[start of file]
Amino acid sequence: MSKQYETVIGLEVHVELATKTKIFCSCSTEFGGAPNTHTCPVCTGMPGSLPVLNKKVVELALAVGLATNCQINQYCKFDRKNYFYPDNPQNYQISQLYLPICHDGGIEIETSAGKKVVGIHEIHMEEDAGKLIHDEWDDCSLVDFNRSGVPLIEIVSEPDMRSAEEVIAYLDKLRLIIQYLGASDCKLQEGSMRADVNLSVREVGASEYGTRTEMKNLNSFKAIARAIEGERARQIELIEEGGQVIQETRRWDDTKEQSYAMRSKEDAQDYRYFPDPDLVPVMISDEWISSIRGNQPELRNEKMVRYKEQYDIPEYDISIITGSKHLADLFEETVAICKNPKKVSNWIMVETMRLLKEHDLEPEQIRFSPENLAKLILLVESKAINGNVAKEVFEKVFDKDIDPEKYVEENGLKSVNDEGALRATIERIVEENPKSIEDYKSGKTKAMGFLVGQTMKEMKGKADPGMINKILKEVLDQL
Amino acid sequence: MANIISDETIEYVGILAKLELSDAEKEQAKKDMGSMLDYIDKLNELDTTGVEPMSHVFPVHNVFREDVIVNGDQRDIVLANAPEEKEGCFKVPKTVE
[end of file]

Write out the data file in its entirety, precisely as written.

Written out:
Amino acid sequence: MSKQYETVIGLEVHVELATKTKIFCSCSTEFGGAPNTHTCPVCTGMPGSLPVLNKKVVELALAVGLATNCQINQYCKFDRKNYFYPDNPQNYQISQLYLPICHDGGIEIETSAGKKVVGIHEIHMEEDAGKLIHDEWDDCSLVDFNRSGVPLIEIVSEPDMRSAEEVIAYLDKLRLIIQYLGASDCKLQEGSMRADVNLSVREVGASEYGTRTEMKNLNSFKAIARAIEGERARQIELIEEGGQVIQETRRWDDTKEQSYAMRSKEDAQDYRYFPDPDLVPVMISDEWISSIRGNQPELRNEKMVRYKEQYDIPEYDISIITGSKHLADLFEETVAICKNPKKVSNWIMVETMRLLKEHDLEPEQIRFSPENLAKLILLVESKAINGNVAKEVFEKVFDKDIDPEKYVEENGLKSVNDEGALRATIERIVEENPKSIEDYKSGKTKAMGFLVGQTMKEMKGKADPGMINKILKEVLDQL
Amino acid sequence: MANIISDETIEYVGILAKLELSDAEKEQAKKDMGSMLDYIDKLNELDTTGVEPMSHVFPVHNVFREDVIVNGDQRDIVLANAPEEKEGCFKVPKTVE